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Jake Millar died in Kenya, what his cause of death?

Jake Millar, a 26-year-old millionaire turned businessman, has been found dead in Kenya.

Kiwi entrepreneur Jake Millar has died in Kenya, eight months after the 26-year-old left New Zealand there.

His cause of death has not been confirmed.

In March, the former Forbes 30 under 30 lister and teenage millionaire had sold his business education start-up Unfiltered – a move that displeased his cashed-out investors and earned him widespread criticism from the New Zealand media .

Founded in 2015, at its peak, Unfiltered worth 11.47 million dollars, but reports indicate that he was forced to sell his company to the Board of Education for a group Crimson closer to 84,000 dollars amount.

“Rough and fast”

In a revealing interview with the Spinoffwriter Jihee Junn, described the reaction to Mr Millar’s withdrawal as “brutal and rapid”, with some even comparing it to failed projects like WeWork, Fyre Festival and Theranos.

Speaking to the publication, Mr Millar defended his risky approach to business.

“As a young entrepreneur, some people would probably blame me for defense mechanisms strong enough,” he wrote. “I always standing up for what I believed and against those who have wronged me, often even if they were much wiser and have been more successful than me. When I reflect on my trip, I think this is one of the reasons why I became inadvertently more controversial than ever I set out to be “.

“Poppy Syndrome top NZ is the worst”

Since news of his death was announced, notable businessmen have shared their tributes on social media, including former New Zealand Prime Minister Sir John Key.

“From the first time I met him, I knew he was someone special. He had a mixture of courage, warmness, intelligence and a maturity and strength to face adversity, which is never easy for a youngster. I respected him and I miss him “, he said New Zealand Herald.

“Very sad Jake Millar. Entrepreneurship is a tough game and sure enough to give it a go when so many others are too scared to try,” another Twitter post said.

Some also criticized the backlash that Mr Millar received when he sold Unfiltered, the buyer Crimson Education, Jamie Beaton, saying “New Zealand too often stifles ambition among its youth.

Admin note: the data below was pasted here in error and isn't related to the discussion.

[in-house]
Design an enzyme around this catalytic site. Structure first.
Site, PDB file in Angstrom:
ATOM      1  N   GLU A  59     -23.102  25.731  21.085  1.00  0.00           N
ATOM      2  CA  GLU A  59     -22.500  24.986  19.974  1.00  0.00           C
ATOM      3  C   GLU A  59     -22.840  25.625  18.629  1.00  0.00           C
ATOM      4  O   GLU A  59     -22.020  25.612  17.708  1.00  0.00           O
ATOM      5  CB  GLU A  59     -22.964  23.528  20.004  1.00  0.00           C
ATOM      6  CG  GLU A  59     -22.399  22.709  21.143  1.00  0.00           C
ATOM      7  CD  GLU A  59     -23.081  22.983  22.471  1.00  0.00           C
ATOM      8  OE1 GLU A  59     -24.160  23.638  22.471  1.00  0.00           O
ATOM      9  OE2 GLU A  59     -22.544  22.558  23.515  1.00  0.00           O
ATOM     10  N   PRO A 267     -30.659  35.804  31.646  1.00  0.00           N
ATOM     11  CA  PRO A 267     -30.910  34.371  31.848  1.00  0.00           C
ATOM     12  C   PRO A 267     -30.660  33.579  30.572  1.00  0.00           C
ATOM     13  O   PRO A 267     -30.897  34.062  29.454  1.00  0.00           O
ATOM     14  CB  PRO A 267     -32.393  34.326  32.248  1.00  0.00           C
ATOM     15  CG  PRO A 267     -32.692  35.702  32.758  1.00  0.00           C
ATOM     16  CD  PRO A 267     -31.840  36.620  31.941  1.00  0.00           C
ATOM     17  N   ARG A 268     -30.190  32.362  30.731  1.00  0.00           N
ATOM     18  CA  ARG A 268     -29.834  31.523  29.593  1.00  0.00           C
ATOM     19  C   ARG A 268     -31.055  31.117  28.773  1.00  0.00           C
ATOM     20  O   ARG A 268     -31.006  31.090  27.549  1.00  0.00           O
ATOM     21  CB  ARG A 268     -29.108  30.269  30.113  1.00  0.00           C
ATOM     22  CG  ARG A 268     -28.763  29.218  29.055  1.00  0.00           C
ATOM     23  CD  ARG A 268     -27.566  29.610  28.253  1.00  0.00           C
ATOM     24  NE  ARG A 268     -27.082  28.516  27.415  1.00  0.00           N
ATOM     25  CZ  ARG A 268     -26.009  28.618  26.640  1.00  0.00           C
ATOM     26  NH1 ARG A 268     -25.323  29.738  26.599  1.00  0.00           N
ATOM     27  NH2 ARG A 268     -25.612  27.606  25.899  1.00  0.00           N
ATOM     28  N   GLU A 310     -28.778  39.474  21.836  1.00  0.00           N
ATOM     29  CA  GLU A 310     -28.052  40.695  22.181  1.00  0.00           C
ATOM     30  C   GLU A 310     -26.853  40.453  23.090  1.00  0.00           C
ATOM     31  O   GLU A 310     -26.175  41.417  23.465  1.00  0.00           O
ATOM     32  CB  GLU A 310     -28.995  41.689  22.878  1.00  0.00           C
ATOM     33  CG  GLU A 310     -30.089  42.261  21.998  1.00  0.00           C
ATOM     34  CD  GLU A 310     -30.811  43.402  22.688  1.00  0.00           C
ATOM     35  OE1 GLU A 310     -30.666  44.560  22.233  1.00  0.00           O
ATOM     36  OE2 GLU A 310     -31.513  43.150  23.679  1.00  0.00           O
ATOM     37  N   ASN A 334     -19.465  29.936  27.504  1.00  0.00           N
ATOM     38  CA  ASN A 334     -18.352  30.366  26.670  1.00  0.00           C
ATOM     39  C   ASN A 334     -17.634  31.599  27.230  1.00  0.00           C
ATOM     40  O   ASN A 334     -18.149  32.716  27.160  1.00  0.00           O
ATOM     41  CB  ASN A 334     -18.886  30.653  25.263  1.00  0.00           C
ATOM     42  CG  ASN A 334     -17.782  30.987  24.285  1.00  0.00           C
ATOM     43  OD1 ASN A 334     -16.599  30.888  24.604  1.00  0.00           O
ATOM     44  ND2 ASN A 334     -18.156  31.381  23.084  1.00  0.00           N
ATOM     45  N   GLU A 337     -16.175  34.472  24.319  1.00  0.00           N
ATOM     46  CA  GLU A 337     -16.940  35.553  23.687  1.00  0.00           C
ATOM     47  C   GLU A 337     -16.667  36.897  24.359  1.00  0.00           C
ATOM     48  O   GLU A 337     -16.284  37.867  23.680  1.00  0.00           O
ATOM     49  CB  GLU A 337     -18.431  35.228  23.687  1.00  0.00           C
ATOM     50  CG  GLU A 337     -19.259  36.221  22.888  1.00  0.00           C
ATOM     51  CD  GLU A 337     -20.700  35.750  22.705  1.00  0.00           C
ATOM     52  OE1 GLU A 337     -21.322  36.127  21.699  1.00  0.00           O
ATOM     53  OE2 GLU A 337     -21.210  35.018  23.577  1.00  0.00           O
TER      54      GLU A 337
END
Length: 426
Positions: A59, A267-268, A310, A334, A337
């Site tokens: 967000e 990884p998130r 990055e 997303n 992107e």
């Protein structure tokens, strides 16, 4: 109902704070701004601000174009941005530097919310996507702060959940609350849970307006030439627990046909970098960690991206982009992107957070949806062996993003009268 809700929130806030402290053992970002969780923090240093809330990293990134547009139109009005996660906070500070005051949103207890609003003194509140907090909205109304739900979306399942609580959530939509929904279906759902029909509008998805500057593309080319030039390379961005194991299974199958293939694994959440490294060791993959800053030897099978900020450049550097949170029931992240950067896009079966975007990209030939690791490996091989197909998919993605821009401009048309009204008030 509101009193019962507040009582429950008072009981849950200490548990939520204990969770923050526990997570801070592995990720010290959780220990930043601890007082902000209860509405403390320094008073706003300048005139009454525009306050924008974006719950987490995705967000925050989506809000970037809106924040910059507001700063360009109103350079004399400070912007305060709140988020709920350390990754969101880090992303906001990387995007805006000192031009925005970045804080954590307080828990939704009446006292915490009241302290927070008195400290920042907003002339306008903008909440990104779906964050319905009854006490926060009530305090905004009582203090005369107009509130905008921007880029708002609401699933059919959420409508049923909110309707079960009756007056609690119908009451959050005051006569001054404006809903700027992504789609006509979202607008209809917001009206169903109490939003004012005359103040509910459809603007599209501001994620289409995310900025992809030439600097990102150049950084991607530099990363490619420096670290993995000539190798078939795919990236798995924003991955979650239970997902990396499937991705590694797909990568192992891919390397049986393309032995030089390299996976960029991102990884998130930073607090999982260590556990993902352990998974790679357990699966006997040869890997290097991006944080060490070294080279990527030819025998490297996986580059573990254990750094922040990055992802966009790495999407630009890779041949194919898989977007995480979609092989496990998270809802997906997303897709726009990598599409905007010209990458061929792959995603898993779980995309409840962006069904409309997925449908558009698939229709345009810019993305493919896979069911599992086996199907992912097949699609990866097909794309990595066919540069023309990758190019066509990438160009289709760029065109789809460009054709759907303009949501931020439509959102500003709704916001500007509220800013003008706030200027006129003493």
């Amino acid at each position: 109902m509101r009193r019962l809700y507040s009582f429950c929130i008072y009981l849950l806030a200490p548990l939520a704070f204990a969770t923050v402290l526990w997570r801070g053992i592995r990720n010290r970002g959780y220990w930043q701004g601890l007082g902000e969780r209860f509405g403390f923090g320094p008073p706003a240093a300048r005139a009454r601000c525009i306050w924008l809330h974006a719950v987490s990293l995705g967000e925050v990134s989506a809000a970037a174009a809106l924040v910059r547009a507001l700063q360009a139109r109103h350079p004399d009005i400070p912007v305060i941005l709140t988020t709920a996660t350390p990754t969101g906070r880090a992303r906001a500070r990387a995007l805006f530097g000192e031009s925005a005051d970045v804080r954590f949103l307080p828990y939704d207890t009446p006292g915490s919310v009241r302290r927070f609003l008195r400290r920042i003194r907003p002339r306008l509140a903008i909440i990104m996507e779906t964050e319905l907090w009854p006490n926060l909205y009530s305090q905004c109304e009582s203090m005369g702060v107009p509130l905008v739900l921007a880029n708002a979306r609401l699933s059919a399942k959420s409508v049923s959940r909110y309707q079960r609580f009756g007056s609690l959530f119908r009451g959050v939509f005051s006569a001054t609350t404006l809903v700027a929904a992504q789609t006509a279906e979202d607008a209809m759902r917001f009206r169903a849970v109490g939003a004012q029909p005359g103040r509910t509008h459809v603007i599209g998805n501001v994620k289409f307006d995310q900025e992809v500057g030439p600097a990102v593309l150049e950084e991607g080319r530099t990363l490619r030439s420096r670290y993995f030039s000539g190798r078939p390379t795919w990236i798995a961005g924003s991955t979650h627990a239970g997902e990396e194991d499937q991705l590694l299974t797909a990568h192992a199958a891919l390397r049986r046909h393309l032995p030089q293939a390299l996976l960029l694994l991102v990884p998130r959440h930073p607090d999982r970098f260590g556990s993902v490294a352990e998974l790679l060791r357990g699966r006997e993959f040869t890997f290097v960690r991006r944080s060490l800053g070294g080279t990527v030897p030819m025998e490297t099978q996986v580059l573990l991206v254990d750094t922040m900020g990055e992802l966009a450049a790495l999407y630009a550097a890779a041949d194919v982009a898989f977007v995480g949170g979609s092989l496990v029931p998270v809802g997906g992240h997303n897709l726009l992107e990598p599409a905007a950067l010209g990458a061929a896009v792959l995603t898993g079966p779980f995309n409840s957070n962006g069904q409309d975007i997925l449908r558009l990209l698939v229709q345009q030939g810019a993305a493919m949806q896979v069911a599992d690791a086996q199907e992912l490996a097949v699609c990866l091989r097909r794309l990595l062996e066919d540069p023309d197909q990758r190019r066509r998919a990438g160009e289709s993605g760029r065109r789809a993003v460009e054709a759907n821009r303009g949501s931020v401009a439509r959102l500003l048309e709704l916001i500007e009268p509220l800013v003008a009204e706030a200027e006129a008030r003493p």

“I never met anyone in New Zealand Millar like Jake. Jake had an ability to connect with people was fascinating,” he said. “He understood what motivated people and could the inspire, lead and unite. “

Another Twitter user blamed Mr Millar’s criticism on ‘big New Zealand poppy syndrome’.

‘Can’t help but feel uncomfortable that the same media is now reporting JakeMillar’s passing is a tragedy, is the same media that tore him to shreds when he succeeded, and when he tried and failed “wrote Hutt City Councilor Brady Dyer. “Great NZ poppy syndrome is the worst! RIP Jake, you were an inspiration “.

Previous tragedy of the death of the father

Mr Millar first came to prominence when he founded Oopher with his friend Yuuki Ogino, when they were still students at Christchurch Boys’ High School.

The motivational app was sold to Careers New Zealand for an undisclosed six-figure fee in 2015, with the duo then moving on to create Unfiltered.

In 2010, Mr Millar also lost his father, Rod Millar, in a plane crash at the Fox Glacier parachute jump on New Zealand’s South Island. At the time it was the country’s deadliest plane crash in 17 years, which killed nine people.

His father was also a co-owner of the company and master of the tandem.

While initial reports suggested the crash was caused by the plane being excessively unbalanced and taking off too early, the Transportation Accident Investigation Commission (TAIC) later confirmed that it was not the reason for the incident.

In light of the change, Mr. Millar asked TAIC to apologize for its mistakes.

“It’s a complete turnaround, it’s a complete reversal of what they originally said,” Millar said, speaking to News Hub.

“From the first day, each driver and each aircraft to whom I spoke said they were wrong, they thought they were right. It took a team 3D journalists to come and tell “No, you are mistaken.”